Hi Madshi, that definitely makes sense and keep up the good work.@ Mike, there seems to be a misunderstanding here. When the 2 of us discussed this topic previously, you posted in a way that read to me as if you were saying that comparing image quality should only be done with moving images, and not with still frames. And I replied by pointing you to the fact that scientists and researchers world wide today actually compare video upscaling quality primarily by measuring and comparing single ("still") frames with well-known metrics such as PSNR and SSIM. Which is certainly a worthwhile fact to mention?
But I fully agree with you and Javs that comparing image quality in motion is important, as well. I'm a fan of comparing "everything". Artificial test patterns, still photos and movie content. In still frames using pixel peeping and in motion. From seating distance and with the nose pressed to the screen. Personally, I use pixel peeping in screenshots as my primary testing & comparison & development method, which is what scientists and researchers seem to do, as well. The reason for this preference is that it makes things more objective. You just can't cheat that easily on still frames. Most artifacts like e.g. ringing and aliasing become easily visible, which can be missed by the inexperienced eye in motion. Plus, you can switch back & forth between 2 comparison images in the blink of an eye (which makes even small differences visible), while when you compare motion sequences, you need to rely on short term visual memory. But as I said, I like to test in motion, as well, to get the "full picture", and to make sure that there are no motion artifacts etc.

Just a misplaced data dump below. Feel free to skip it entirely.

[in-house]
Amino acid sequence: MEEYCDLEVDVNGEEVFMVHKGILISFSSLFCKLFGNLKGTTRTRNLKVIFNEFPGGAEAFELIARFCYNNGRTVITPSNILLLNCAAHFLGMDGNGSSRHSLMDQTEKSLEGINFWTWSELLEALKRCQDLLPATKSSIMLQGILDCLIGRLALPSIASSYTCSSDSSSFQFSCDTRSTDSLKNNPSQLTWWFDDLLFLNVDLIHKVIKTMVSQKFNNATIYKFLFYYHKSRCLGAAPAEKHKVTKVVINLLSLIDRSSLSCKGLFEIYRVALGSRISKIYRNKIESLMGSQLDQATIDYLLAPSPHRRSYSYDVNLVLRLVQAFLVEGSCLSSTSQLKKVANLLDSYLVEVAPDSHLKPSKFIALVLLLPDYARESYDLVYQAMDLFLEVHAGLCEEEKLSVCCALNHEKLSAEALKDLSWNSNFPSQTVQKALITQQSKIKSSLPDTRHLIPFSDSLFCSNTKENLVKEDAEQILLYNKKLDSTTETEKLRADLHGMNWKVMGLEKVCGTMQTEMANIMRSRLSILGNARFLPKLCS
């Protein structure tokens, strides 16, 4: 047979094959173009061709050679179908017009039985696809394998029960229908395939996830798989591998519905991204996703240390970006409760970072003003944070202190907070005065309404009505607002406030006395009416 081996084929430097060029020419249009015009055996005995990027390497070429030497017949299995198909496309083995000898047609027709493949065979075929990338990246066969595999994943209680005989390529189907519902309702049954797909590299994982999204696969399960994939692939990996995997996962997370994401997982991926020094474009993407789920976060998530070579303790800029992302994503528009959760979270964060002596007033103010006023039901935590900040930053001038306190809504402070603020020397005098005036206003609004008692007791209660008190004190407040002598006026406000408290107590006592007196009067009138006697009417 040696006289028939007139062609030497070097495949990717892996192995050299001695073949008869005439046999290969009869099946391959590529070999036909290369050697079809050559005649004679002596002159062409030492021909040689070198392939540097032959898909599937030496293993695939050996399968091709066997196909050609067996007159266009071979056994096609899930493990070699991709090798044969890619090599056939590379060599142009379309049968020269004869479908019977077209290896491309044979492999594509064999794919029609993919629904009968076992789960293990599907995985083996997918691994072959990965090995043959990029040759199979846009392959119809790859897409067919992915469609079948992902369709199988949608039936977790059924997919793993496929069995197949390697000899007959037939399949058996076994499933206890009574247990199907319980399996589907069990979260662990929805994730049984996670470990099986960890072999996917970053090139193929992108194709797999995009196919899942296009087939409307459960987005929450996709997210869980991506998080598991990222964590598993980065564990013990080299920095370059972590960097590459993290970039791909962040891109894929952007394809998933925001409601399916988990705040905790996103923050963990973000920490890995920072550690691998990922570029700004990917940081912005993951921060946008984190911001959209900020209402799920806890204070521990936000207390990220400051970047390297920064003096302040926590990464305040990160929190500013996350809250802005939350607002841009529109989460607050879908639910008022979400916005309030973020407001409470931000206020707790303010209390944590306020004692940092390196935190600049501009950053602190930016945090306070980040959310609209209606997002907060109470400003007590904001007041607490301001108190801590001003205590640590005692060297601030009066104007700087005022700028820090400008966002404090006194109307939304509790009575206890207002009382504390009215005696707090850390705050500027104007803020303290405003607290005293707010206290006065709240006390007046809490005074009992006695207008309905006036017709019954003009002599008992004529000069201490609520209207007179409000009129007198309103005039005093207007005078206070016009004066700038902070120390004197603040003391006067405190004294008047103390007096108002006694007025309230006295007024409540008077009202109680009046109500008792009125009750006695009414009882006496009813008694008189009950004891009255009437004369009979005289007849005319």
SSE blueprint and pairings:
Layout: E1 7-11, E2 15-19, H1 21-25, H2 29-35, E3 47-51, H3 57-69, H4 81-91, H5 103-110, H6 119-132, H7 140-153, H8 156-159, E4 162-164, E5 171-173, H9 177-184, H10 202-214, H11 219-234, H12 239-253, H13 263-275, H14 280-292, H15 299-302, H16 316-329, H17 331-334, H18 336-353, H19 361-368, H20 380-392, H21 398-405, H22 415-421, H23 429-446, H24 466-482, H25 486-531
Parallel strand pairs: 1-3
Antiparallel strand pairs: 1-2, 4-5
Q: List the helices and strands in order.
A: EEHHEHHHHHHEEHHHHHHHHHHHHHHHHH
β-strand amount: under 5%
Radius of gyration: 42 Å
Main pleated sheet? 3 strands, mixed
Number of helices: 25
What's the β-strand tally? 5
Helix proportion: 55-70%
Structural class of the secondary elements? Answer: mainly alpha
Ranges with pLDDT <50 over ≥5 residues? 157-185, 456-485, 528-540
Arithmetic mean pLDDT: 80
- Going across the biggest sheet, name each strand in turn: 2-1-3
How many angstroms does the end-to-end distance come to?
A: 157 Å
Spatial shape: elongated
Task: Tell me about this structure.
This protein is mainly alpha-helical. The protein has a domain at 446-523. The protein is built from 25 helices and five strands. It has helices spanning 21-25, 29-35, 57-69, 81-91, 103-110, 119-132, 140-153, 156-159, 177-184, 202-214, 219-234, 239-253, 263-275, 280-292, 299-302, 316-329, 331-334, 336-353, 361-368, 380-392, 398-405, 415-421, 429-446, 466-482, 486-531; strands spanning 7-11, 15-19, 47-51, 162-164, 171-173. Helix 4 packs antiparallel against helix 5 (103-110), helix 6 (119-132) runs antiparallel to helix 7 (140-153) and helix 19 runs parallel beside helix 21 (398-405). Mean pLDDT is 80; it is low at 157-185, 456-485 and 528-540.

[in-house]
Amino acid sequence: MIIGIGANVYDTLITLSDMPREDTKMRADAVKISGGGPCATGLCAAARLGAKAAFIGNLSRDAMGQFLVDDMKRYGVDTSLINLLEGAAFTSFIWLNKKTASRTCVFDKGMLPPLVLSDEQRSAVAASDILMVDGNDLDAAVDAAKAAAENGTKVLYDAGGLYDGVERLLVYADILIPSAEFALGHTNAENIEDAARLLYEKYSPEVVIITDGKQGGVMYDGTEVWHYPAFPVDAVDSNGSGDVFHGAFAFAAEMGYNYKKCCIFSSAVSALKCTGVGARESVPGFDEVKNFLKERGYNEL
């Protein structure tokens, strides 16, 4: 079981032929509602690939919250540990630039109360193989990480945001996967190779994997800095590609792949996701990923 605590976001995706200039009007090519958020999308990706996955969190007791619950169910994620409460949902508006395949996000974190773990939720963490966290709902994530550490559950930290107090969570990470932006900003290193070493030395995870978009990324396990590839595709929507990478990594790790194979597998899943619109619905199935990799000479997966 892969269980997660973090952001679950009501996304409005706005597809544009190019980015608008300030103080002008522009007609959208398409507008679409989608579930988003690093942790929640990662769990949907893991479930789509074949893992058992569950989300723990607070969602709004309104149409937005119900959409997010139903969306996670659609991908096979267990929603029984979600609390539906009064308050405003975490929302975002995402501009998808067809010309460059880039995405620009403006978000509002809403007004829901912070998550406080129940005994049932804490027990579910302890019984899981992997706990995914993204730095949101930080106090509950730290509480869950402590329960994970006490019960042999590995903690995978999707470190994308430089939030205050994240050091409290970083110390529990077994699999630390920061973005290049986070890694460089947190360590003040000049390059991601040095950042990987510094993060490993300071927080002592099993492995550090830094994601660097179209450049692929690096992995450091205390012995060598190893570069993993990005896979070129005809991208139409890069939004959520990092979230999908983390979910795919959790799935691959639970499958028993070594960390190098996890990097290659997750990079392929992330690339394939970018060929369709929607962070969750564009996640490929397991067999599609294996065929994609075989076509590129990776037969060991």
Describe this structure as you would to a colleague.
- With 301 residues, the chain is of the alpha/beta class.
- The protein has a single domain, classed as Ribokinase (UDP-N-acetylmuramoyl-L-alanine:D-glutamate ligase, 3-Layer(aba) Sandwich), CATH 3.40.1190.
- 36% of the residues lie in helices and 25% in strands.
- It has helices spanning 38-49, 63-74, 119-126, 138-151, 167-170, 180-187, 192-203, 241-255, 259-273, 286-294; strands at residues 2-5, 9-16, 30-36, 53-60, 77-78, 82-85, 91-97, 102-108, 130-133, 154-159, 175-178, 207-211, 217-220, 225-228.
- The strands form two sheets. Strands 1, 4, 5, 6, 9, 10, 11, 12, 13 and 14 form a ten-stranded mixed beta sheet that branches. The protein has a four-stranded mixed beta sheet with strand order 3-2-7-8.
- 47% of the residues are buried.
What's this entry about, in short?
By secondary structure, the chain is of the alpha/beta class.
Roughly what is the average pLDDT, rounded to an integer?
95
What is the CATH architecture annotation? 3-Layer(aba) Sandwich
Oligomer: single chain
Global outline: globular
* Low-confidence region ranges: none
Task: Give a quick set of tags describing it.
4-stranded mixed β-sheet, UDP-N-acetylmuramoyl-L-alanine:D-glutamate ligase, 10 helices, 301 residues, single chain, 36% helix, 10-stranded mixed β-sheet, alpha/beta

There are certain artifacts that are way more visible in motion, as well. E.g. if you have banding, often in a fade-to-black the bands are moving very visibly, which makes the banding stick out like a sore thumb, while in still frames it can be much less obvious. Or if there's an upscaling algo which tries to hallucinate texture detail, that could look great in stills but could potentially look terrible in motion. So testing in motion is definitely helpful/useful.
Does the Envy allow native (non-scaled) content to be sharpened? - I am very sensitive to sharpness and like my images sharp without the detrimental effects of over-sharpening. Having said that, I would want my images (still and moving) to be profoundly sharp when viewed from my seating position which means that it would look a touch over-sharp when viewed close-up.
Another question I have is whether you've looked into a more sophisticated method for local contrast enhancement?